TS: I like to shoot primarily wide open and that for me is the acid test of a lens: Can it shoot well wide open and into the sun? Fortunately, the answer is “yes” to both of these criteria. I shot with the EF 11-24mm f/4L lens after sunset wide open at f/4.0 with motorcycle riders jumping and the images are completely sharp.
CDLC: How did the lens perform in strong backlit situations (if you worked in any)?
TS: Yes, I’d say I shoot well over half of my images backlit, straight into the sun. So the lenses I tend to use must perform well with a pleasing sun flare, which is an effect I really like, and they still need to be able to lock focus while shooting straight into the sun. The EF 11-24mm f/4L lens accomplishes both tasks very well. I could autofocus while shooting into the sun completely accurately and I really like the sun flare that this lens produces; it is a complement to the frame, not a distraction.
CDLC: Some experienced DSLR users may think this is a lens you can’t really use for “people shots.” Did any of your work with the EF 11-24mm f/4L involve any kinds of environmental portraiture or other forms of people shots? If so, how did the lens fit in with that kind of subject matter?
TS: Yes, indeed. As I mentioned above, I see a big use for this lens in both editorial and environmental portrait applications. Because the lens is so wonderfully rectilinear, even at wide angles, it opens the possibility of shooting environmental portraits and keeping your subjects straight in the frame! I will definitely continue to use this lens for environmental portraiture, often in the 20-24mm range, and I believe it is much better than the EF 16-35mm f/2.8L II lens due to image sharpness and the rectilinear qualities.
CDLC: Correction of linear distortion — the bending of straight lines, almost a “fisheye effect” — is a major point of this lens’ design. Any instances of shooting subjects with it where you can speak to its ability to minimize distortion?
TS: Yes, I took this lens to various Aspen tree groves here in the mountains of Colorado to see how the lens performed. I’m not exaggerating when I say I was blown away to see 11mm wide shots with perfectly straight trees! I don’t know how the engineers crafted the lens, but I’m thrilled with the results.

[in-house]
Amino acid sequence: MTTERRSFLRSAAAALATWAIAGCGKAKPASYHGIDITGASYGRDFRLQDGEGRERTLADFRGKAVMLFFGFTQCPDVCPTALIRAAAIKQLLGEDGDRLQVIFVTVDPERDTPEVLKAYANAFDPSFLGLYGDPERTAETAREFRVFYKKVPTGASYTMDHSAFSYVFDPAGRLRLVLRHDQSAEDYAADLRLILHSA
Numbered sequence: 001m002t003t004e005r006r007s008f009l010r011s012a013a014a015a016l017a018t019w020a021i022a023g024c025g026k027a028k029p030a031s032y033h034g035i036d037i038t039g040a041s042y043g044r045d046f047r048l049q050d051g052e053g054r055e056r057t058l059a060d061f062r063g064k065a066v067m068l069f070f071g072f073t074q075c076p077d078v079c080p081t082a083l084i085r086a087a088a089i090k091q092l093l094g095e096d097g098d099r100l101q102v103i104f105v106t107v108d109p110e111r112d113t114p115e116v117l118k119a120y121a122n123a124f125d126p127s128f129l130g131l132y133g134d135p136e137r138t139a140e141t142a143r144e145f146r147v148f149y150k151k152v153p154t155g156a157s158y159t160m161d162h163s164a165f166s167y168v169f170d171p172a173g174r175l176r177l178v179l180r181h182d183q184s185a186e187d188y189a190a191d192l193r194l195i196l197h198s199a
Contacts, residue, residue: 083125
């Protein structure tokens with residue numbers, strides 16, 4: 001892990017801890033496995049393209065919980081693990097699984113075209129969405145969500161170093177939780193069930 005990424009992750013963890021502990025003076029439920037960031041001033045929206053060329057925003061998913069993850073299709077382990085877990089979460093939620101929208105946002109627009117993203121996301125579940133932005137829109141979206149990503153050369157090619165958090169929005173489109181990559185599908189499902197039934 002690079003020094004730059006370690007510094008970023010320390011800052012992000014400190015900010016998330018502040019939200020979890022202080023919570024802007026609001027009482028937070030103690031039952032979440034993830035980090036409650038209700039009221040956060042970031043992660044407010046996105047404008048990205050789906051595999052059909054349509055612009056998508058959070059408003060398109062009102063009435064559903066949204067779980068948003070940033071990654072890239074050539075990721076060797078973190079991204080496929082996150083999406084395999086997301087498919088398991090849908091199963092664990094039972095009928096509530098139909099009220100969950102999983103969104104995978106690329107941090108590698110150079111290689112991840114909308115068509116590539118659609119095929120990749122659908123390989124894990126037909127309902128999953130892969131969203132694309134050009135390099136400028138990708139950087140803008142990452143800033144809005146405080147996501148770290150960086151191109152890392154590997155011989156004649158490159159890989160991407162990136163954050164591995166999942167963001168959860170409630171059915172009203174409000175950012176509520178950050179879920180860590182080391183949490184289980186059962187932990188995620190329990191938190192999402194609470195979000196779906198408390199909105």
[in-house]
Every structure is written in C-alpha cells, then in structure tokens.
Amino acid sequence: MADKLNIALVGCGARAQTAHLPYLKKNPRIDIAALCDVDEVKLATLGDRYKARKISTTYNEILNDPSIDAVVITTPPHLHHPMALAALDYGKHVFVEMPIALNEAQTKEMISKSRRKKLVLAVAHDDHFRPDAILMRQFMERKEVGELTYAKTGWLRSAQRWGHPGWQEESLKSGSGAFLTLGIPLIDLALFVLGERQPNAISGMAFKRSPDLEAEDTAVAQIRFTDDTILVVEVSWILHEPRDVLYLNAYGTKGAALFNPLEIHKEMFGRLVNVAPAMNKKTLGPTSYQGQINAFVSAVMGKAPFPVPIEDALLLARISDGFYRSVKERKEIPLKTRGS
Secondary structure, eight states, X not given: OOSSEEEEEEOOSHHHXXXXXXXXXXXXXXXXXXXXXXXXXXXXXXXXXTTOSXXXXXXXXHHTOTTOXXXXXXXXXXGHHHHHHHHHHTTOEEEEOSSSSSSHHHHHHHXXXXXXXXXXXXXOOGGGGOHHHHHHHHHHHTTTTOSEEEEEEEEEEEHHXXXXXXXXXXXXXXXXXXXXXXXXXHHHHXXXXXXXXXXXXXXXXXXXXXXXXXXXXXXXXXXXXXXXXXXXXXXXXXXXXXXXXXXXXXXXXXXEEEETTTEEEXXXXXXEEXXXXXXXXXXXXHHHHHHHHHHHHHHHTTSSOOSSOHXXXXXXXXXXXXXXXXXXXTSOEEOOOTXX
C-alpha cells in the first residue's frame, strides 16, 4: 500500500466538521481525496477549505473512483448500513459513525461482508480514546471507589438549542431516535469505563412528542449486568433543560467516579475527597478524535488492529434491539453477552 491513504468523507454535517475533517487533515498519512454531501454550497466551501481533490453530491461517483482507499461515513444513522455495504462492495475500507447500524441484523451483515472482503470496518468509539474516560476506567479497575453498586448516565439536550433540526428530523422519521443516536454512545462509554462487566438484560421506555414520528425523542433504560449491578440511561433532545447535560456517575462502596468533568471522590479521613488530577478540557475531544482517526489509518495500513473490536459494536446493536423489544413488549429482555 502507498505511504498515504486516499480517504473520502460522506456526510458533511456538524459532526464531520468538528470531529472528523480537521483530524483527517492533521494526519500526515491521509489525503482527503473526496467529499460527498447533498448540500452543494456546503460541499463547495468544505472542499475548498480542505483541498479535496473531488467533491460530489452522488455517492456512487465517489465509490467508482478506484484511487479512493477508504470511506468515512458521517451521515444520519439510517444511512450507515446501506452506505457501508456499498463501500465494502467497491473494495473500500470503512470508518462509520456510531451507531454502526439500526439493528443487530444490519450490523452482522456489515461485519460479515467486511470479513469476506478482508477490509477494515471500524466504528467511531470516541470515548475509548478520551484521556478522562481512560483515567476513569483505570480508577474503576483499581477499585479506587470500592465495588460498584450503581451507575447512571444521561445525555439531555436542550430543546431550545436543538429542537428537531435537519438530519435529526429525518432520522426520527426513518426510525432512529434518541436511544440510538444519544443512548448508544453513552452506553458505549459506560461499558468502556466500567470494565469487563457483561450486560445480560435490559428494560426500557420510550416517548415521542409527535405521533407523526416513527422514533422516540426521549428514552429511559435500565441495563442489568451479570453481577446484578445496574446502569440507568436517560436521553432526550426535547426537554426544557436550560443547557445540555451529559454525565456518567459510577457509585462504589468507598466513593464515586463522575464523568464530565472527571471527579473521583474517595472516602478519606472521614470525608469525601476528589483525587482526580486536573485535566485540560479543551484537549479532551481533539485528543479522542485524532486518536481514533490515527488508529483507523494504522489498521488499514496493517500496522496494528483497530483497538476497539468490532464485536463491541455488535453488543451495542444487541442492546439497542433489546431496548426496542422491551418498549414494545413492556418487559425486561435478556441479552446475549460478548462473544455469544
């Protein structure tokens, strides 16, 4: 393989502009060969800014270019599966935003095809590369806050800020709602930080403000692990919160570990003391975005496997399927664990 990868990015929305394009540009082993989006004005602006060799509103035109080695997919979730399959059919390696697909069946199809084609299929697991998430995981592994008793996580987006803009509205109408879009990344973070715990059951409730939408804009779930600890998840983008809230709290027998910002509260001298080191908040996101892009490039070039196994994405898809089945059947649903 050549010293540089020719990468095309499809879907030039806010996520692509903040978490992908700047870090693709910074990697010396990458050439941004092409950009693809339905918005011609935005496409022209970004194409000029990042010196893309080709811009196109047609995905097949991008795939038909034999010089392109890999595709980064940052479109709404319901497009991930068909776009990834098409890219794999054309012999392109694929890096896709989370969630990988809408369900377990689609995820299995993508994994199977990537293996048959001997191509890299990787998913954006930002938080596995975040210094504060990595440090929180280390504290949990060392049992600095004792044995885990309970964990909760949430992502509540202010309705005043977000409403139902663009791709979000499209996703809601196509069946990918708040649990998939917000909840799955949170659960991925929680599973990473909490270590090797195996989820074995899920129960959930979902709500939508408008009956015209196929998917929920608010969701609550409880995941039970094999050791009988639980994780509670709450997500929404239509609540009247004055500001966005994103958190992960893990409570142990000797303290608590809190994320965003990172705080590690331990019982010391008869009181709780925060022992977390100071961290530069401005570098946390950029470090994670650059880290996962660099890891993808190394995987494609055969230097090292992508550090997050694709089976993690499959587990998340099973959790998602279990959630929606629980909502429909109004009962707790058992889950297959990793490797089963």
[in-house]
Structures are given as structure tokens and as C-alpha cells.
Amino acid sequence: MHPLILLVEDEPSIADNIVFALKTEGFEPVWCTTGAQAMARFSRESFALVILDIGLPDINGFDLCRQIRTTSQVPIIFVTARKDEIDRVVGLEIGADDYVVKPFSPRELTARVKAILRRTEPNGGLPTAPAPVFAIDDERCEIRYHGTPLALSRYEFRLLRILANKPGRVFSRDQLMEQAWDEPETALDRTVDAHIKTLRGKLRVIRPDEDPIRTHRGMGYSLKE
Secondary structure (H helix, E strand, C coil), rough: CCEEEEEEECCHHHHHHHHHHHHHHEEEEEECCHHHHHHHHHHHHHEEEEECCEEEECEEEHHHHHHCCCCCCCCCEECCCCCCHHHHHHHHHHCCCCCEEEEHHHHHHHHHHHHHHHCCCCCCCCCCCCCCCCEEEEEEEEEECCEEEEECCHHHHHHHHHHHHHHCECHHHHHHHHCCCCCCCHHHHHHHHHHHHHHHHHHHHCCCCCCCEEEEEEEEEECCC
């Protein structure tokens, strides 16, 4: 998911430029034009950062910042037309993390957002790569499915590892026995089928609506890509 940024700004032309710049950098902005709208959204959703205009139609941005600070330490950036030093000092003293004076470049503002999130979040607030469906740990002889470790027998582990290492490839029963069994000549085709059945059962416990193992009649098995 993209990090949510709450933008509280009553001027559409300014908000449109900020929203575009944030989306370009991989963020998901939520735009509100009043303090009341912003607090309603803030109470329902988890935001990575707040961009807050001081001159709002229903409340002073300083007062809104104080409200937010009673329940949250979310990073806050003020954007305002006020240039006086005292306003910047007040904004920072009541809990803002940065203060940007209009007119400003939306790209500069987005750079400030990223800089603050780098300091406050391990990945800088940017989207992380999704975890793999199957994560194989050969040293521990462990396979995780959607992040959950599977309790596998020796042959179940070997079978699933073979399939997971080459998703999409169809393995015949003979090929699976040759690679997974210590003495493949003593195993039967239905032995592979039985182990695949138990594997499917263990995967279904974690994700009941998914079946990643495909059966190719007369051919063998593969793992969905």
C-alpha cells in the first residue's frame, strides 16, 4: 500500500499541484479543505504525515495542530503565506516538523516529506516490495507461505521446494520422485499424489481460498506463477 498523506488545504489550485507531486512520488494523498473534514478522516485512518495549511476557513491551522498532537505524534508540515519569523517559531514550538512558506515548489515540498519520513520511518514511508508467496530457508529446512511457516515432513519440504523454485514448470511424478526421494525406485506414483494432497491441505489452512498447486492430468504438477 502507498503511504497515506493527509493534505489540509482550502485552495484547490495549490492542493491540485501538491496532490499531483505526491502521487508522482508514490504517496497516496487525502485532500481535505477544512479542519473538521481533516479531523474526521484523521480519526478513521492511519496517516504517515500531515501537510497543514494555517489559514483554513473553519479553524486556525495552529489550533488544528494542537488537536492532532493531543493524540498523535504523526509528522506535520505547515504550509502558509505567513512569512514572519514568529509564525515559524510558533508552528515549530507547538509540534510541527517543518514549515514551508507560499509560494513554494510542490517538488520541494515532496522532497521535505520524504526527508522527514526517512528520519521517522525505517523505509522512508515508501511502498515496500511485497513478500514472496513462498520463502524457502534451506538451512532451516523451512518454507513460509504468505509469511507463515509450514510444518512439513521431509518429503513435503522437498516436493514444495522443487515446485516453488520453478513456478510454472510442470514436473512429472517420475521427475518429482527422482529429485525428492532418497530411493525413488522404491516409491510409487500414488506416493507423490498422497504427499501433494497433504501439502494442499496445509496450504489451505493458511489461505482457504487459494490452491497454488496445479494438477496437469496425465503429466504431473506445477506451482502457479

CDLC: Does this lens have the potential to change your imagery or, at least, with the types of subjects you shoot ultra-wide?
TS: Yes, this lens definitely has the potential to change my imagery for the better. The simple reason is that, until now, many of my best images were shot with the EF 14mm f/2.8L II lens and the EF 15mm f/2.8 fisheye lens (now discontinued) — i.e. the widest lenses I could get my hands on. I’m always drawn to wide angles to create a dramatic frame. I have no doubt that my favorite images going forward will employ the ultra-wide portion of this lens, at 11mm, because the look is just so unique and breathtaking.
CDLC: Did you do any work with the EF 11-24mm f/4L lens for video?
TS: I have not used the EF 11-24mm f/4L lens for video yet, but I certainly will. For the same reasons that it creates such a stunning still image, it will do the same in video — achieving a rectilinear 11mm wide image is just mind-blowing for video!
CDLC: Compared to the industry-standard EF 16-35mm f/2.8L II or EF 17-40mm f/4L categories, for the critical full-frame shooter, is this lens one that you’d strongly recommend to the critical, advanced DSLR user? For ultra-wide fans, is this a game-changer?
TS: Yes, for sure — the EF 11-24mm f/4L lens has become my new must-have lens in the lineup. So when I go on assignment, I take the EF 11-24mm f/4L, EF 24-70mm f/2.8L II, and EF 70-200mm f/2.8L II, plus as assortment of fast prime lenses for ultra-shallow depth of field applications. For almost all applications, the EF 11-24mm f/4L lens replaces my EF 16-35mm f/2.8L II lens; it’s sharper, wider and more dramatic.
by: Tyler Stableford